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Habitat Critically Needed as Eastern Monarch Butterfly Population Drops

Washington, D.C. — The 2019 eastern monarch overwintering population numbers recently announced by the Mexican government through the Monarch Butterfly Biosphere Reserve and the World Wildlife Fund present us with a grim reality: monarch populations remain critically low. The good news however, is that last year’s population was large enough to allow this drop without moving the species to even lower numbers — like the ones reported in 2014. This has been made possible by the continuing aggressive conservation efforts of hundreds of citizens, volunteers and conservationists in North America, which are imperative if we want to see an improvement in the numbers.

“The eastern monarch butterfly populations are in serious trouble,” said Collin O’Mara, president and CEO of the National Wildlife Federation. “If we want our kids and future generations to witness and experience this iconic species, we must immediately create more habitat for monarch butterflies — and that starts at home by planting regionally-appropriate native milkweed and nectar plants where we live, work, play, and worship. We urge all elected officials to take the Mayors’ Monarch Pledge and commit to restoring monarch habitat in their community.”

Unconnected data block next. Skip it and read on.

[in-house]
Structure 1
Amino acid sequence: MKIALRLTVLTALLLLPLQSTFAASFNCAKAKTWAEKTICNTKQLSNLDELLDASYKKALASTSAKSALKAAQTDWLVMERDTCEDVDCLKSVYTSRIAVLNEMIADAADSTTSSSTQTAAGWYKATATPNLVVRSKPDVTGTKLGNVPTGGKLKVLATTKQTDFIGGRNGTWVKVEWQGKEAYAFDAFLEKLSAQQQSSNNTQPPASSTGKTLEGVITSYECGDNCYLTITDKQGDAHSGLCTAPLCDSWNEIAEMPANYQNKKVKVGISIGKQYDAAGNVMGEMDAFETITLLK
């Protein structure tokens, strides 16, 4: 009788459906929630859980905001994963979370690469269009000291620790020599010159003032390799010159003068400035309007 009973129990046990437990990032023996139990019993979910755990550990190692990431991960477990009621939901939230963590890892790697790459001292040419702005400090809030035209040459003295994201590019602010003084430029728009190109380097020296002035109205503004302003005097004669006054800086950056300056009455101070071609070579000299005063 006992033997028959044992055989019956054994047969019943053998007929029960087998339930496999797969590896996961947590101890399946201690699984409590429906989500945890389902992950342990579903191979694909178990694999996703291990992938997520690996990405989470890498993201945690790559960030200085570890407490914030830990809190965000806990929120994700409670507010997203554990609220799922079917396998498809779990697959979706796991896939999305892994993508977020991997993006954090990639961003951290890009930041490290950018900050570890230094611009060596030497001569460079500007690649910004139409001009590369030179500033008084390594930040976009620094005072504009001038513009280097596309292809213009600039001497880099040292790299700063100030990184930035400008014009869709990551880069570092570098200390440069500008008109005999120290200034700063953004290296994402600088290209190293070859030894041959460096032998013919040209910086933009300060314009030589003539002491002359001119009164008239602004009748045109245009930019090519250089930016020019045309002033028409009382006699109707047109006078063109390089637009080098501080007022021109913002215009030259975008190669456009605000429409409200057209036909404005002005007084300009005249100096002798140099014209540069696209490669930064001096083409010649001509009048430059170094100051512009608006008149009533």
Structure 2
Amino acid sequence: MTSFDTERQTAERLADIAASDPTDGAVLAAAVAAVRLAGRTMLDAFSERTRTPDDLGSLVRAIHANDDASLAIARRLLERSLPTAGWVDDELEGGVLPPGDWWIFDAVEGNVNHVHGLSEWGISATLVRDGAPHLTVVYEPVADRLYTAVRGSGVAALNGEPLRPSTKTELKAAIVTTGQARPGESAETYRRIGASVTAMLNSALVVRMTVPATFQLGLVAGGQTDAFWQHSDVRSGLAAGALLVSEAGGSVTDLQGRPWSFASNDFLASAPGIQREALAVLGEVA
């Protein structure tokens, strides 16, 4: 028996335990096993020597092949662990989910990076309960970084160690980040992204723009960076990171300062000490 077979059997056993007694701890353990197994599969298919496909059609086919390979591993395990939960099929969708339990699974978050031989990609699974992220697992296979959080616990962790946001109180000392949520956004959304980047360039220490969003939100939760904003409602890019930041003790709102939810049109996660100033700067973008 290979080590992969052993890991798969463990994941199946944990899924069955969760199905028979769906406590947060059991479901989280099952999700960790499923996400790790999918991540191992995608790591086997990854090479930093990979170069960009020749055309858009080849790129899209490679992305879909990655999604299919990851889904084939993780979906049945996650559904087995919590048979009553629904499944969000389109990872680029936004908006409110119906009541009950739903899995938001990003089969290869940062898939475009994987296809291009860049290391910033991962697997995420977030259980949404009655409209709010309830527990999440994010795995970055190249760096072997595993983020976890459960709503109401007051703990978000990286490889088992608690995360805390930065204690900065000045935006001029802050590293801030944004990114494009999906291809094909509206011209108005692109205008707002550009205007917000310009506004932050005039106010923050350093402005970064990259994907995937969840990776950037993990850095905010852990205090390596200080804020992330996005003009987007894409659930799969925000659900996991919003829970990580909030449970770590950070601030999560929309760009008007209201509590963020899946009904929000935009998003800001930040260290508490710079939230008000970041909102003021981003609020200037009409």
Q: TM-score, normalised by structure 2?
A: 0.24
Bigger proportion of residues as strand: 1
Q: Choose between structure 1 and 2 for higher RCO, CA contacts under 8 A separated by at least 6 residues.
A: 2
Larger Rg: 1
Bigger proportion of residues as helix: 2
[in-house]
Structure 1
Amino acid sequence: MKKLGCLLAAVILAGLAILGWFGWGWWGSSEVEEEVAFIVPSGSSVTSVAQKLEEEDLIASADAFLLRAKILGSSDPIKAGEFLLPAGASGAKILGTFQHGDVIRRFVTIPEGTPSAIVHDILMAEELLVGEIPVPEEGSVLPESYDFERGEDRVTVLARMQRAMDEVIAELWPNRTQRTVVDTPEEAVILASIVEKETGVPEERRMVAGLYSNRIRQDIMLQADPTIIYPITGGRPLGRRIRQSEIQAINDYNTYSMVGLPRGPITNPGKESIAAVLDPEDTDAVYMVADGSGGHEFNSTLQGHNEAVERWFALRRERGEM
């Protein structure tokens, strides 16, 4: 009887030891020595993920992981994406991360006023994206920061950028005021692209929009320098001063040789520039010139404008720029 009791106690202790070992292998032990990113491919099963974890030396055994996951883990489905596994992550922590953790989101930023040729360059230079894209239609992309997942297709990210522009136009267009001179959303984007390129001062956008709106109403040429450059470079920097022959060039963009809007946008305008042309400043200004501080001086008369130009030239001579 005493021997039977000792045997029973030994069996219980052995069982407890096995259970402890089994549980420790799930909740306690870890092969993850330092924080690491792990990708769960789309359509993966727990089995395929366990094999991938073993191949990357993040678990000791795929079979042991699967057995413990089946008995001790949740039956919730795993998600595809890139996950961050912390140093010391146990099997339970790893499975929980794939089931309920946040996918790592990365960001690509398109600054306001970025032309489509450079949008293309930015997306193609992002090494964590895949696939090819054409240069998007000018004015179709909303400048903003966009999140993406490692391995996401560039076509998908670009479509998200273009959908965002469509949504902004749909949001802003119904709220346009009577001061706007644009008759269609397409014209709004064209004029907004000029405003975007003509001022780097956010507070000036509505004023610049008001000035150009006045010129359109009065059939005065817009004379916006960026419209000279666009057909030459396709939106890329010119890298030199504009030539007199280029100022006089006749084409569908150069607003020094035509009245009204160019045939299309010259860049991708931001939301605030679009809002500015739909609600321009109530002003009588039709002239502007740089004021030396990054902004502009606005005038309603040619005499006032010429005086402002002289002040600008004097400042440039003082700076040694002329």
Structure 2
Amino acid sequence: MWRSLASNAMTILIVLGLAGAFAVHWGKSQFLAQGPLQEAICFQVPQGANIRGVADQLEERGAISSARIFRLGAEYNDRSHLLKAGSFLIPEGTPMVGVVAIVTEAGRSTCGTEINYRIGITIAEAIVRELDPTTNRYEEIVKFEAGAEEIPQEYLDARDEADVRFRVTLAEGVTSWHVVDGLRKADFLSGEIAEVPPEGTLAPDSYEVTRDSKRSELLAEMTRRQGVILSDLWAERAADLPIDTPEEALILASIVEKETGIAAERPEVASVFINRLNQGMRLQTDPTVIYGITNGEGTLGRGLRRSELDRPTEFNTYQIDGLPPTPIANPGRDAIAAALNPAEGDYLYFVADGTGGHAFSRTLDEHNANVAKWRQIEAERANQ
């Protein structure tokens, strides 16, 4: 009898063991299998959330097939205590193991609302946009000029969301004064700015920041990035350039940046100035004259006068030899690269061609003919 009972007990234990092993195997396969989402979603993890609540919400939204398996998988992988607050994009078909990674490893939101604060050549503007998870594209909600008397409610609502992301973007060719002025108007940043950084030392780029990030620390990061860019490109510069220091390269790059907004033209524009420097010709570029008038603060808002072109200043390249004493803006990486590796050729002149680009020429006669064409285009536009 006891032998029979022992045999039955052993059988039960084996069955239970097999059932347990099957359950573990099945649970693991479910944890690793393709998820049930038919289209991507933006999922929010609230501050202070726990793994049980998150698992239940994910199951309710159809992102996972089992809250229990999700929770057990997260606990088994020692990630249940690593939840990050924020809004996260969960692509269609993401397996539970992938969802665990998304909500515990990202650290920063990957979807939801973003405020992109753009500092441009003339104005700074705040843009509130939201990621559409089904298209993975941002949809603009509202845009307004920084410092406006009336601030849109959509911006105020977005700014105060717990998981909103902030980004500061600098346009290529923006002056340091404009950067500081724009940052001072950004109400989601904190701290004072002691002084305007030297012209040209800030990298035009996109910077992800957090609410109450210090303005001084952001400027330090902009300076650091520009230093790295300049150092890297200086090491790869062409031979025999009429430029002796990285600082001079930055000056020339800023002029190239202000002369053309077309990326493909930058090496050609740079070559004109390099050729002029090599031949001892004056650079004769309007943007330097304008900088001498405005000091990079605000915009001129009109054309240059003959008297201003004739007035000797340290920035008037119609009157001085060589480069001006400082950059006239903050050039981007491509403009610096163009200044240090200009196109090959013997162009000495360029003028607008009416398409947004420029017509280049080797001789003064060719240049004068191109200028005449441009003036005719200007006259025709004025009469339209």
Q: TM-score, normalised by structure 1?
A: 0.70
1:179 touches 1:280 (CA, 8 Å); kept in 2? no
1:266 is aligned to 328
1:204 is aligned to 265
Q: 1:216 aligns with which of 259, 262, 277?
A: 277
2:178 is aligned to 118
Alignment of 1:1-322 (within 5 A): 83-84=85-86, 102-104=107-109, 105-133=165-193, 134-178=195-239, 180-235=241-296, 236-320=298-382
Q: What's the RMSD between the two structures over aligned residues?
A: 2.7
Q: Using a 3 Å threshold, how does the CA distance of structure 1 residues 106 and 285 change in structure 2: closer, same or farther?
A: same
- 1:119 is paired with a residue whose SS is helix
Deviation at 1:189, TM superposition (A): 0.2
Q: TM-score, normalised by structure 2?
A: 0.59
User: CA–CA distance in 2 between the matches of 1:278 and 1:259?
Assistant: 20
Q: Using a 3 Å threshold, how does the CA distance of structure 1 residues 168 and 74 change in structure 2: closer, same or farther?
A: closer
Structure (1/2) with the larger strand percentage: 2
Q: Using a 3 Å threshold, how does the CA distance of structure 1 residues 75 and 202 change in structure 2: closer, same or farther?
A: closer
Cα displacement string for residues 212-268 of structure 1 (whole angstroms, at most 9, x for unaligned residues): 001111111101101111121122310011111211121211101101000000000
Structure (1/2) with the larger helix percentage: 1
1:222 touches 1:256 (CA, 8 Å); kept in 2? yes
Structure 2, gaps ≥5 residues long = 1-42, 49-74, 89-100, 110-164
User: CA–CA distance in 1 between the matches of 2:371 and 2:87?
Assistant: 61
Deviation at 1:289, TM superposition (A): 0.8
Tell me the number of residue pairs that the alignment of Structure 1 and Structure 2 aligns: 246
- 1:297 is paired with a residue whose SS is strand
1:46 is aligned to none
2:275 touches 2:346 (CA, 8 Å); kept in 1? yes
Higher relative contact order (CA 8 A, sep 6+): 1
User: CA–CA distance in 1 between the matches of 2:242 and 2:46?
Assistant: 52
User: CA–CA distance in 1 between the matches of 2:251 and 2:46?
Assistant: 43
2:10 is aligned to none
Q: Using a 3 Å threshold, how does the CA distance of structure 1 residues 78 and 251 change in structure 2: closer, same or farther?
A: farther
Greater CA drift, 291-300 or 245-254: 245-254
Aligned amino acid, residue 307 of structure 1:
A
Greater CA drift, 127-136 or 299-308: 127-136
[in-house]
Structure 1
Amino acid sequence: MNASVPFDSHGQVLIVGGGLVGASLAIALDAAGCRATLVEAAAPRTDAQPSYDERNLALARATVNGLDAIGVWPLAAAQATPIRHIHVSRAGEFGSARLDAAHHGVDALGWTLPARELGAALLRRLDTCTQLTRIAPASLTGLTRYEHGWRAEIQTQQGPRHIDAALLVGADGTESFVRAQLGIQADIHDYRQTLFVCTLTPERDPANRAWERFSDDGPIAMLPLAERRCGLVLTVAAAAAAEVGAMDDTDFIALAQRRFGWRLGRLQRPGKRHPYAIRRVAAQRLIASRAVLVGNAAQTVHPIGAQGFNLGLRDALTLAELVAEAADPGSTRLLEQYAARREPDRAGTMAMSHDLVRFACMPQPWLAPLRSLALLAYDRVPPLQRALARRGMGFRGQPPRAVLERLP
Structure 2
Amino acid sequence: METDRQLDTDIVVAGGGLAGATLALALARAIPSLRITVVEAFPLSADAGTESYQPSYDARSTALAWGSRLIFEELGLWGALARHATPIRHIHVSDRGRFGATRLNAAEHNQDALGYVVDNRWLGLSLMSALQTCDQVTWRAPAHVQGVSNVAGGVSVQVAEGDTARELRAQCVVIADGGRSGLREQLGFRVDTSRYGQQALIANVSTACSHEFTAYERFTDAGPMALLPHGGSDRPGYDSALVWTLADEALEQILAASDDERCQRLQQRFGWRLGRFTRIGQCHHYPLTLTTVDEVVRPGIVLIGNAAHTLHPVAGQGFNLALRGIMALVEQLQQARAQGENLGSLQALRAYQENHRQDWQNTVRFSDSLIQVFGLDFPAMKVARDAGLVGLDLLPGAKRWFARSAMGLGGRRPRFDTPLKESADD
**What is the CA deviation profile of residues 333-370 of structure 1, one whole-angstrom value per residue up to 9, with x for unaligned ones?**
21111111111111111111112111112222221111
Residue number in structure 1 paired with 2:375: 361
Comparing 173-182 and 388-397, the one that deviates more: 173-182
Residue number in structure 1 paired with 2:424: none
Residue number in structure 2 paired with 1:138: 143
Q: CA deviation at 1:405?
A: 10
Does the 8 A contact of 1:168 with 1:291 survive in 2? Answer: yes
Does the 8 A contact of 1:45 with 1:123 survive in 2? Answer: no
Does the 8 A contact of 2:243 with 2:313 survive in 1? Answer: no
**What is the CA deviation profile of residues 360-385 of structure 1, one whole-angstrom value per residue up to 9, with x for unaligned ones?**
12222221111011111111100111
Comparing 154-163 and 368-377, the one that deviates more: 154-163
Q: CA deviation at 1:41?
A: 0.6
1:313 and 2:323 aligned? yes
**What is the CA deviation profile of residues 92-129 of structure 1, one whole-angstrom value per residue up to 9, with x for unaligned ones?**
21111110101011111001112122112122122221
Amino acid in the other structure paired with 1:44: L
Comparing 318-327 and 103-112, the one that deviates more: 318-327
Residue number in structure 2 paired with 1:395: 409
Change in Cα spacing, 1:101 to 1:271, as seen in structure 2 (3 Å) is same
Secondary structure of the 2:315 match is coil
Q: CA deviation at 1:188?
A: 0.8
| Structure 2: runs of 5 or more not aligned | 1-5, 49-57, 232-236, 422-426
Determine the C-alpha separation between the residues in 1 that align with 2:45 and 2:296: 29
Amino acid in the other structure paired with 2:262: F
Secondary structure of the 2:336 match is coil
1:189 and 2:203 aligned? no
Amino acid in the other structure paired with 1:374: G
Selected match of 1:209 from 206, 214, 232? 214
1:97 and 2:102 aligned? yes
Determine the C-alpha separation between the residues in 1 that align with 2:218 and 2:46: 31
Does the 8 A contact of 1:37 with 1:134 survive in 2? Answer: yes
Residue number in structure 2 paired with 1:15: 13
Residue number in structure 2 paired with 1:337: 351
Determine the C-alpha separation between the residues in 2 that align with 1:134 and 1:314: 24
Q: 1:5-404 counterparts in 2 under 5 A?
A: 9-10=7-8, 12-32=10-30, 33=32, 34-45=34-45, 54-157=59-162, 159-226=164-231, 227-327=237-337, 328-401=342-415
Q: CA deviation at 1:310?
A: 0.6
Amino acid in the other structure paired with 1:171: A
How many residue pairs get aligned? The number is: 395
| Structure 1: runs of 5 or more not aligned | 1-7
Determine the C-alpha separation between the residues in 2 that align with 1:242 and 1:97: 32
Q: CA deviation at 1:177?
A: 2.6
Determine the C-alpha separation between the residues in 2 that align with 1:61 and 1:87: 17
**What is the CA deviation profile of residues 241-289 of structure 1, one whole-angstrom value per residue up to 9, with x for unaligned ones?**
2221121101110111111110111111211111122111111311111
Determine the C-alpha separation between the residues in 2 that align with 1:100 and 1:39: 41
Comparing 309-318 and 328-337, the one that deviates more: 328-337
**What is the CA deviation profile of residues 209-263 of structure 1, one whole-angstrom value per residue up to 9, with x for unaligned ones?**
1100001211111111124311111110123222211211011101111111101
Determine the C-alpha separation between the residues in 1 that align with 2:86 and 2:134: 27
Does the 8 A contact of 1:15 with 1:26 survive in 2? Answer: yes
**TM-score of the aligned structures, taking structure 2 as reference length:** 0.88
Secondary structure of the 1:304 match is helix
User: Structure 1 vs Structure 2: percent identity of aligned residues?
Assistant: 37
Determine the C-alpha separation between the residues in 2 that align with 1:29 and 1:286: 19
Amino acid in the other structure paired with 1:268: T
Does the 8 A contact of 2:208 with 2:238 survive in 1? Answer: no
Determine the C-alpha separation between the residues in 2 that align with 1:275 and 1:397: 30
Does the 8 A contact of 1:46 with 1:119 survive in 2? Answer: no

Anyone can help the monarch butterfly by:

  • Gardening for wildlife and replacing lawns with native milkweed plants (excluding coastal areas in California) that are the sole food source for monarch caterpillars and blooming wildflowers and shrubs for adult butterflies. Helping monarchs and other pollinators through gardening is a great substitute for social interaction in these times of quarantine, and it will also help to boost your immune system. Remember to reduce the use of pesticides!
  • Encouraging local leaders to join the Mayors’ Monarch Pledge, which supports habitat restoration, citizen science, environmental education and local policy change to benefit monarch butterflies.
  • Supporting the Monarch and Pollinator Highway Act and other state transportation programs for roadside habitat.
  • Calling on Congress to promote grassland restoration and enact a national “Sodsaver” program in the next Farm Bill. This will prevent the conversion of our native grassland habitats to croplands by making such lands ineligible for federal subsidies.

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More than one-third of U.S. fish and wildlife species are at risk of extinction in the coming decades. We're on the ground in seven regions across the country, collaborating with 52 state and territory affiliates to reverse the crisis and ensure wildlife thrive.

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